Not long ago, Hear Nebraska FM and similar shows would not have been possible. In April 2012, KZUM moved from its longtime perch on the 10th floor of the Terminal Building at 941 O Street to a modern, capacious studio in the College View neighborhood. So now, rather than feed quarters to parking meters, station volunteers and guests park for free in a lot the size of a football field. Commuting times are shorter. Staff offices are bigger and better. And, crucially, it allows for more live music.

“It’s been tremendous in terms of what we’ve been able to put on the air with live music,” Evans notes, from his office overlooking the new studio.

“That’s why the studio was built specifically to host the local and touring bands we couldn’t before.”

But several of KZUM’s programs require little beyond two microphones and a good story. Sheila Stratton knows this. She hosts The Joy Factor, a 30-minute program airing Wednesdays at 6 p.m. that “features extra-ordinary stories from ordinary people who brought something they loved to life.” Like many of her talk show kin, she has a new guest every week. They often range from an Australian riding her bike across the United States in tribute to Martin Luther King, Jr. to a 10-year-old “chicken whisperer.”

“It’s a voice for anyone in this community,” she says of the station. “I get to come on and tell stories and have people tell theirs. That’s a great service.”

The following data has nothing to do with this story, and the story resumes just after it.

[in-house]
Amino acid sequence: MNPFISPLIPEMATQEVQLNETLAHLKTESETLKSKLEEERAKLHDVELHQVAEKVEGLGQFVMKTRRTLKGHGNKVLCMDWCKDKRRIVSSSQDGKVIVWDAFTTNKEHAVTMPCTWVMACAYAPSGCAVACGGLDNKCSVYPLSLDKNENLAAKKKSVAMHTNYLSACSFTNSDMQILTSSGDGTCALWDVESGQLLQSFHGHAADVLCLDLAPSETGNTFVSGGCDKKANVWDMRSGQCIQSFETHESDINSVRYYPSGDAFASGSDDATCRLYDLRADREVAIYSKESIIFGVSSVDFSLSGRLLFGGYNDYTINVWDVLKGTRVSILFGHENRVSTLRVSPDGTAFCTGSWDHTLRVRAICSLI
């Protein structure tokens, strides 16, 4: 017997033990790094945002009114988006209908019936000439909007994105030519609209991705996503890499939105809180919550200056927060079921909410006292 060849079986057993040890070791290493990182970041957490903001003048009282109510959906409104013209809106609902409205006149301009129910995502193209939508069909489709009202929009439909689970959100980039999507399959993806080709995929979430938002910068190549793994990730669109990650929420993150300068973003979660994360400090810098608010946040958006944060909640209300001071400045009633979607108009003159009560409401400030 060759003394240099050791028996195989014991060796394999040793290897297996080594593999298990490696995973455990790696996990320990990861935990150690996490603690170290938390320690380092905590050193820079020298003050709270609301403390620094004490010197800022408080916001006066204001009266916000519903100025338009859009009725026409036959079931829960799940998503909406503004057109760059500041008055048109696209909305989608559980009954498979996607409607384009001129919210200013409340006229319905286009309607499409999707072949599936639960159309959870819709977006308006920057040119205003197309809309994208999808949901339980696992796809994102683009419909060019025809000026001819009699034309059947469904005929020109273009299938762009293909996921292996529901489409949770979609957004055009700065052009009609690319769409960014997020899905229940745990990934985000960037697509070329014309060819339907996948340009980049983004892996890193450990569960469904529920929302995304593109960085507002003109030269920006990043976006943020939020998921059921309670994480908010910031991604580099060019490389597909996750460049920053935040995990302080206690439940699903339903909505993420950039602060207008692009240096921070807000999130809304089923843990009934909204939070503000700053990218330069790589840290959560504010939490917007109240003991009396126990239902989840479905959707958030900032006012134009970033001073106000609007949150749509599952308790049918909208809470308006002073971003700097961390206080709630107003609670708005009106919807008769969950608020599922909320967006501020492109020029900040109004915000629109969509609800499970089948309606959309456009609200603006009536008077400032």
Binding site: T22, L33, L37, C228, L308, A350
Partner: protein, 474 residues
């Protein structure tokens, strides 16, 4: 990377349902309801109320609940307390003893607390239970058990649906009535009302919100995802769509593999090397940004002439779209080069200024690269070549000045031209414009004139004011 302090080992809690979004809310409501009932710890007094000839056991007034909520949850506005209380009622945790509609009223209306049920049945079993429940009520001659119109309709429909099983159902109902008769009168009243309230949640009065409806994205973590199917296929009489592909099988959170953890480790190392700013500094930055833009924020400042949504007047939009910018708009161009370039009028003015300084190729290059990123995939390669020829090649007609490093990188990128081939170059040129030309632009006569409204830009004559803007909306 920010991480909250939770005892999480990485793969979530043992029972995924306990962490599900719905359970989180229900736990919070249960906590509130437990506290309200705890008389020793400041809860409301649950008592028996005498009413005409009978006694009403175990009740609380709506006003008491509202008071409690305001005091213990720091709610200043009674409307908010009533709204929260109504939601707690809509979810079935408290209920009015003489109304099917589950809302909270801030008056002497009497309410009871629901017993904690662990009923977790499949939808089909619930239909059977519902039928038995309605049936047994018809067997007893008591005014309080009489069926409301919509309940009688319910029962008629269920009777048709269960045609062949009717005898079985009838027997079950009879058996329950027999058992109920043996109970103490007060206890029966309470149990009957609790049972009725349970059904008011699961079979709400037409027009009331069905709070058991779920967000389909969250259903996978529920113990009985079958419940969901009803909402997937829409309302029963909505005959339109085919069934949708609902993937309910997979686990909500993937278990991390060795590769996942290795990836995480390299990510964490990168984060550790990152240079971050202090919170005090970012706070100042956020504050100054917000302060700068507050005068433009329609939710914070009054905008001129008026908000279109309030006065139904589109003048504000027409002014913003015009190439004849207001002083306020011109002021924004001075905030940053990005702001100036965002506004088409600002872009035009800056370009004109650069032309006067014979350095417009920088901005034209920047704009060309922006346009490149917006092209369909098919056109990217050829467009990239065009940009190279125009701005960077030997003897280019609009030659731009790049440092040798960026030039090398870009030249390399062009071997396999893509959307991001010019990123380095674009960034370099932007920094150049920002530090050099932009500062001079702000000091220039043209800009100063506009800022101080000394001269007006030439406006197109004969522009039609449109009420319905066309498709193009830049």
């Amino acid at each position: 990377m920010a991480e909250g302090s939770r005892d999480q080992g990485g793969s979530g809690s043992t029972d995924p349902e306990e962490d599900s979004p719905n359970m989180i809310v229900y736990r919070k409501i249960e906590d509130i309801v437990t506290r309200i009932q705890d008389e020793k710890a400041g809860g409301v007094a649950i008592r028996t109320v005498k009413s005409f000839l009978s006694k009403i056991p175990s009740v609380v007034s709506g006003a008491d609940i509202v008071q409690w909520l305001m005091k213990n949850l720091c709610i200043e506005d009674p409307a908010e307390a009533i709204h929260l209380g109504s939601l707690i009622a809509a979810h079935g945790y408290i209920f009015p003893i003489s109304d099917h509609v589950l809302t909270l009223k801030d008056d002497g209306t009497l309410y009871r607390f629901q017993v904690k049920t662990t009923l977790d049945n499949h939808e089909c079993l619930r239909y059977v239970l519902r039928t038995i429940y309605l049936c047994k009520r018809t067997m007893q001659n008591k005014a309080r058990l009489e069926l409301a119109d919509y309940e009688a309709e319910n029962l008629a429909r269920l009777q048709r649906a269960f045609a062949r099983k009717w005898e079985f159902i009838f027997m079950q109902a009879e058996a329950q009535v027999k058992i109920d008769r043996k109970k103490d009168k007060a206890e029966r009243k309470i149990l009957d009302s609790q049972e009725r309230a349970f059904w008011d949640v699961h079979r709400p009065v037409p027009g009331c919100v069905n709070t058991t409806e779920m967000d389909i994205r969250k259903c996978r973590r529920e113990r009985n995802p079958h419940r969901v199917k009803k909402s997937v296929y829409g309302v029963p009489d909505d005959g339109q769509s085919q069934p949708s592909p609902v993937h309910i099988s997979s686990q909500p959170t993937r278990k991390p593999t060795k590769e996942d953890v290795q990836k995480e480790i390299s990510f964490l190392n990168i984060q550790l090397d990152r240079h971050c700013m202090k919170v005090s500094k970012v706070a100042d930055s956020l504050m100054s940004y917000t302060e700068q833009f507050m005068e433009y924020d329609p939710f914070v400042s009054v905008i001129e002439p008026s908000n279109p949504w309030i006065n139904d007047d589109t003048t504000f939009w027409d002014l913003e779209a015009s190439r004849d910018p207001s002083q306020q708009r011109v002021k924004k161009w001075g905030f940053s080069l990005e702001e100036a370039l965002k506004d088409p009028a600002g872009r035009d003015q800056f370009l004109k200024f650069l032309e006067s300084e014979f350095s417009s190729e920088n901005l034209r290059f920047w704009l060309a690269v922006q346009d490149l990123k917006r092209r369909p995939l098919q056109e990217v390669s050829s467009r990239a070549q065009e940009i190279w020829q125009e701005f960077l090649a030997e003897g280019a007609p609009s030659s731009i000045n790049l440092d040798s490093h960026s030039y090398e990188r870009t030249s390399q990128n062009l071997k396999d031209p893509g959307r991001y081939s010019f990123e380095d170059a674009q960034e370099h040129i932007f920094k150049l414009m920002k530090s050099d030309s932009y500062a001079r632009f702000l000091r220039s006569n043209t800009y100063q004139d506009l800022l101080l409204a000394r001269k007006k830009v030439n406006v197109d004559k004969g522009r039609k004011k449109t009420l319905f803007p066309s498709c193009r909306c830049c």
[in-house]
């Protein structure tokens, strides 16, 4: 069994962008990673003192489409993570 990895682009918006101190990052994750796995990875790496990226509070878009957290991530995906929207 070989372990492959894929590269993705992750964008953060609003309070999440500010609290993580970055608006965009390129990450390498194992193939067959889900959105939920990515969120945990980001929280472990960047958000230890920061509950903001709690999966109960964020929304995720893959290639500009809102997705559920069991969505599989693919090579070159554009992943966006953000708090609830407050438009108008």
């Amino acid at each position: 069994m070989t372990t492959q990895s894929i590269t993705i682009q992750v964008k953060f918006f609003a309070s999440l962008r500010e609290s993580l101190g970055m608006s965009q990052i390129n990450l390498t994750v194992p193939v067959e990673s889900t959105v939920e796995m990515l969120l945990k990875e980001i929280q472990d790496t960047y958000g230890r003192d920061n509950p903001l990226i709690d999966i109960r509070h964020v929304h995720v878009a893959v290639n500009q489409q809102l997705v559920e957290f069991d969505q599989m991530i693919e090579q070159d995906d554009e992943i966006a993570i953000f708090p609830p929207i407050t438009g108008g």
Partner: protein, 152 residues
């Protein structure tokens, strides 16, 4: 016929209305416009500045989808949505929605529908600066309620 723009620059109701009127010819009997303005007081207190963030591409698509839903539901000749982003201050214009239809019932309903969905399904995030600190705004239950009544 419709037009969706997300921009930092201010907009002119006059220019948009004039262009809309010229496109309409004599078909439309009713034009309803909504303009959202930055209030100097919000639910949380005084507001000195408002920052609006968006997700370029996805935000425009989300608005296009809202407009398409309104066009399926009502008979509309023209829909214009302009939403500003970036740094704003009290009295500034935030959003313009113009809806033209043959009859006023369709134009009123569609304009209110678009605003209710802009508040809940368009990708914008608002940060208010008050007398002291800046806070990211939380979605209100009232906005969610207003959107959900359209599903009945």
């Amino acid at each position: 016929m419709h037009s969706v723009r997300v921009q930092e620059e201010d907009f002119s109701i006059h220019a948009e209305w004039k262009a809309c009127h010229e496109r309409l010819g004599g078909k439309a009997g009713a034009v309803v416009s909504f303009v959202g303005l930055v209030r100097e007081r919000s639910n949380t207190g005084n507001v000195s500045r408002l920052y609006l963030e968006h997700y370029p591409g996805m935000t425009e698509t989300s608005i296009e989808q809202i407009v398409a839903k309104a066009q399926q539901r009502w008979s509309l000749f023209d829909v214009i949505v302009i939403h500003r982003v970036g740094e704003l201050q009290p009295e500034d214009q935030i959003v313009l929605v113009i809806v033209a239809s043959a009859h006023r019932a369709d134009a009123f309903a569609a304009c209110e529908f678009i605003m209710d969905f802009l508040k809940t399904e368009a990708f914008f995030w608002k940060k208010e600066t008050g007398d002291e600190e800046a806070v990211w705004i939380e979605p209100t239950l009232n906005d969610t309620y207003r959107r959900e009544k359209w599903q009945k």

Years ago, Stratton had doubts. She didn’t have radio experience; and wasn’t sure if her program would catch on. Five year later, her very presence on KZUM — bringing something she loved to life — would make good fodder on The Joy Factor. And she now sees Lincoln as a story-rich place.

“I open myself to it and they’re everywhere. I am always listening and looking for people who tell a tale about something that lights them up.”

Few of the station’s 90 programmers have professional broadcasting pedigrees. Yet that seems to matter little. In our media landscape, from local to global, authenticity is hard to come by. And what KZUM lacks in wattage, it makes up for in authenticity. For who volunteers their Saturday morning to explore unexplained phenomenon if not the true enthusiast? And who surrenders their Wednesday nights to discuss how dogs create and reflect our values and ideals if not the genuine self?

The station’s character (and characters) breed sustenance. Non-listeners become listeners, listeners become members, and members grow the station. Richard Russell, for example, joined the Community Advisory Board, a panel that helps evaluate the station’s relevance in the community, in 2007 after being a longtime member. He often calls programmers to offer feedback or just to see how they’ve been. When asked what keeps KZUM going, Russell took a lengthy pause, then:

“It’s the sharing of their love and their passion of music to others. Their gift is to share in their passion. It truly is a gift.”